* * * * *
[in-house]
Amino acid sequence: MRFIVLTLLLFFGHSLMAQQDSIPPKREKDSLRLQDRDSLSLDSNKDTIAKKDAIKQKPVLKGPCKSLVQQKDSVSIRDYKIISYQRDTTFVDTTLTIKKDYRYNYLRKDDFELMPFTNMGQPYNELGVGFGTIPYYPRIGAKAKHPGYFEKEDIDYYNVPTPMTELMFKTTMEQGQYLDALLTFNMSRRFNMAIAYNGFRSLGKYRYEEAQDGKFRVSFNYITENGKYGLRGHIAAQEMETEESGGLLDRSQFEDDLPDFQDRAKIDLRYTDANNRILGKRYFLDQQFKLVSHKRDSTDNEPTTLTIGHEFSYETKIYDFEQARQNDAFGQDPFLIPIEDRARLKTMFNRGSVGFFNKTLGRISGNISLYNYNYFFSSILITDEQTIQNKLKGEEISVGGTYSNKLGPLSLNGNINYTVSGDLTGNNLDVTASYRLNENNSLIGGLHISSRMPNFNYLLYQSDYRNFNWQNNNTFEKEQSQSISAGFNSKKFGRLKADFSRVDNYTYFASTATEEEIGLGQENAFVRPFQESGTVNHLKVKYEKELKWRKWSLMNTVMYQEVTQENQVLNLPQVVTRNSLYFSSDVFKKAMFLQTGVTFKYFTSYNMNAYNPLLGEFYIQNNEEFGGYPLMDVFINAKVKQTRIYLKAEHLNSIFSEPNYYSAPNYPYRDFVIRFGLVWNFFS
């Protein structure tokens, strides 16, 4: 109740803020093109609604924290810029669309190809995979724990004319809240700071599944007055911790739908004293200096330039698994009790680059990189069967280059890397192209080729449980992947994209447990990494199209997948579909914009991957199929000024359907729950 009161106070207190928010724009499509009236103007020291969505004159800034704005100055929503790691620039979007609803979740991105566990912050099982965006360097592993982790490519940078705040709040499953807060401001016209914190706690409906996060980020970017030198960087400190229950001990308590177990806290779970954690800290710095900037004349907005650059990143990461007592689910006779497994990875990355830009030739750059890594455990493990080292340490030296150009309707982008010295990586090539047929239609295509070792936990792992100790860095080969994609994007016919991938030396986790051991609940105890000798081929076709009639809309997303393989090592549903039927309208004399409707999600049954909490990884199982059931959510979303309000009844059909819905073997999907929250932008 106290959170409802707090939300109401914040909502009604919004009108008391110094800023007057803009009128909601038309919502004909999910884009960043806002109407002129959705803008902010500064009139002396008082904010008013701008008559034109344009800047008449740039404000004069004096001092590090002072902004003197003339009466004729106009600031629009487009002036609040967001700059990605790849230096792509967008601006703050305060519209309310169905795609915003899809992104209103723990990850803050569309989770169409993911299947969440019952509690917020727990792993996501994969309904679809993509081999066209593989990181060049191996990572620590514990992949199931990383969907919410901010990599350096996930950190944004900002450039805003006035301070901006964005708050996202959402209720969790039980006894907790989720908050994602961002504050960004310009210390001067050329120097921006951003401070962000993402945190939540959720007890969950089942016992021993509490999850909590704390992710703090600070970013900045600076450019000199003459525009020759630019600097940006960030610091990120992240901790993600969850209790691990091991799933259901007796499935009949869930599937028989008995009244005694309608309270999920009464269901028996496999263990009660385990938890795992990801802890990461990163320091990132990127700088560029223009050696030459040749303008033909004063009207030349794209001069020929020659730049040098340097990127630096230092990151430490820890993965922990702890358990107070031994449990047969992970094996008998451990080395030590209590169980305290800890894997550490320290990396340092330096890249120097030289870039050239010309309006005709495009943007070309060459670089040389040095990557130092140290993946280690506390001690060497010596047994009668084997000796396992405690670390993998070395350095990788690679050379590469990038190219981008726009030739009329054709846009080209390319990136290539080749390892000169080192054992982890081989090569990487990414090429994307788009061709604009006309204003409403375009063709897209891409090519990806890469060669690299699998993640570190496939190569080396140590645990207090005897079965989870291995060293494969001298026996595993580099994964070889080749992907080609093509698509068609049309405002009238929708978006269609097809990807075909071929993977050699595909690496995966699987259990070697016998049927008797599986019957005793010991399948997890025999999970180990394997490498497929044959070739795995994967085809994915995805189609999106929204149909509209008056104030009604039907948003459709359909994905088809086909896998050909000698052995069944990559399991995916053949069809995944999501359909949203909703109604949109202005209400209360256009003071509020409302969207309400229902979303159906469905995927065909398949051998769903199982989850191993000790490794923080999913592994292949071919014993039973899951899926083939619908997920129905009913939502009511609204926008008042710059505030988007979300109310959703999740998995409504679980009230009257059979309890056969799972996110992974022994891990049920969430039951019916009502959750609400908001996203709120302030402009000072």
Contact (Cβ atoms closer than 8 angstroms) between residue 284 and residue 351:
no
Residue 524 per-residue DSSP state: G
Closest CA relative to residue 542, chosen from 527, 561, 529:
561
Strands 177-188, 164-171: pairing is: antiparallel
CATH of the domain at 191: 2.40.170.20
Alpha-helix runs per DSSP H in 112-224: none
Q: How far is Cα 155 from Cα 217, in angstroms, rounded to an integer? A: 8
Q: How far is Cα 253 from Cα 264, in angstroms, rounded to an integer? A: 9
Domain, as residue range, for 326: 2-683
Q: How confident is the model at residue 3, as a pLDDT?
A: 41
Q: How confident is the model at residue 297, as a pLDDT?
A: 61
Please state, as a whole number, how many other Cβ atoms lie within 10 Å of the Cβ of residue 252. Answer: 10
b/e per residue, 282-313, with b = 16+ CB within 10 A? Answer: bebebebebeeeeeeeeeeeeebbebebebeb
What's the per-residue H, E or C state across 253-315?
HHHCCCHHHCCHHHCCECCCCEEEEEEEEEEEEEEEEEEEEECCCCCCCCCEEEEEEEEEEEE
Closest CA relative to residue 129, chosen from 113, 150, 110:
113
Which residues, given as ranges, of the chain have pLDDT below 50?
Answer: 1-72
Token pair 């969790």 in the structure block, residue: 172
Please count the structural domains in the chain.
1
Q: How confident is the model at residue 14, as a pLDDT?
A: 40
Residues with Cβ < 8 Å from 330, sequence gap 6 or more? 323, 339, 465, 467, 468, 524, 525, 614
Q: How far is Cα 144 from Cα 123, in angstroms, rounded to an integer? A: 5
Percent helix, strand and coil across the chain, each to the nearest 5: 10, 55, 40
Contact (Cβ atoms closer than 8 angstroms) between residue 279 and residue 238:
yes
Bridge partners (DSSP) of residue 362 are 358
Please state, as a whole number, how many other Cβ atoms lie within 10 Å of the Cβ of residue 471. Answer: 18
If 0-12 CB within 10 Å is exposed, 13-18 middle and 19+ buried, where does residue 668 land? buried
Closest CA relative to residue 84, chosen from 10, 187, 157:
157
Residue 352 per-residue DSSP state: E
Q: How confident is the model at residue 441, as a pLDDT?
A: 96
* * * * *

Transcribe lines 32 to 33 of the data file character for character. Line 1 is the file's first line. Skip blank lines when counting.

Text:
Residues with Cβ < 8 Å from 330, sequence gap 6 or more? 323, 339, 465, 467, 468, 524, 525, 614
Q: How far is Cα 144 from Cα 123, in angstroms, rounded to an integer? A: 5